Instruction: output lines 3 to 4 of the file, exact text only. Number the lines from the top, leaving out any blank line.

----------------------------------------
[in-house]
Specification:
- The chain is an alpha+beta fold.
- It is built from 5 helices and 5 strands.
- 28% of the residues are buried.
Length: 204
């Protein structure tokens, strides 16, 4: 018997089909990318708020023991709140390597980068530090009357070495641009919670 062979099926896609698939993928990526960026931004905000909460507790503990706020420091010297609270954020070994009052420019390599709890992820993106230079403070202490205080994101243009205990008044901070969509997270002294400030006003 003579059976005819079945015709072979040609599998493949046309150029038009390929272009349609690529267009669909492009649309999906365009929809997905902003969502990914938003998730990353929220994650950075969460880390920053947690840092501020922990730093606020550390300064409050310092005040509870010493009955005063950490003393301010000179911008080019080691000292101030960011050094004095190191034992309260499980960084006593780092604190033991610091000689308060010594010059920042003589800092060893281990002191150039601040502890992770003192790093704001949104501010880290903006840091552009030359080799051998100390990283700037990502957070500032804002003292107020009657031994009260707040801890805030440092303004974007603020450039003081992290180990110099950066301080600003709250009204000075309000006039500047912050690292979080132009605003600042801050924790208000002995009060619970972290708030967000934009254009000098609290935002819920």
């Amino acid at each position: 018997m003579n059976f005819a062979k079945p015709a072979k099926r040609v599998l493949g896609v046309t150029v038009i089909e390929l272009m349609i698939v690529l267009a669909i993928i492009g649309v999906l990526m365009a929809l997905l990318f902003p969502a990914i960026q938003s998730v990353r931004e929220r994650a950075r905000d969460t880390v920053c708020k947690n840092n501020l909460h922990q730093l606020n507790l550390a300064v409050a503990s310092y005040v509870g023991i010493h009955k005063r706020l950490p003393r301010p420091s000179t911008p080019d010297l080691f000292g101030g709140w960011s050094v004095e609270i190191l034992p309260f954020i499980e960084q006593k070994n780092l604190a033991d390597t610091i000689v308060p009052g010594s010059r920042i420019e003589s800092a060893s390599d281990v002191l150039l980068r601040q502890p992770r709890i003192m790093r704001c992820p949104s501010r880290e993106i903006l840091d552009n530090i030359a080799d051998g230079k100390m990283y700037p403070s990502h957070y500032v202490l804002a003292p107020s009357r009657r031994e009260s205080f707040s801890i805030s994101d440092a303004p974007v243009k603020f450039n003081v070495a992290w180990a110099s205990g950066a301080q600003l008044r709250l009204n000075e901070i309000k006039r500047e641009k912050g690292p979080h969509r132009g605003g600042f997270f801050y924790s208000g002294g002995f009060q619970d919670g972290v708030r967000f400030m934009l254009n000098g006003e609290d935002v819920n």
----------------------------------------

- The chain is an alpha+beta fold.
- It is built from 5 helices and 5 strands.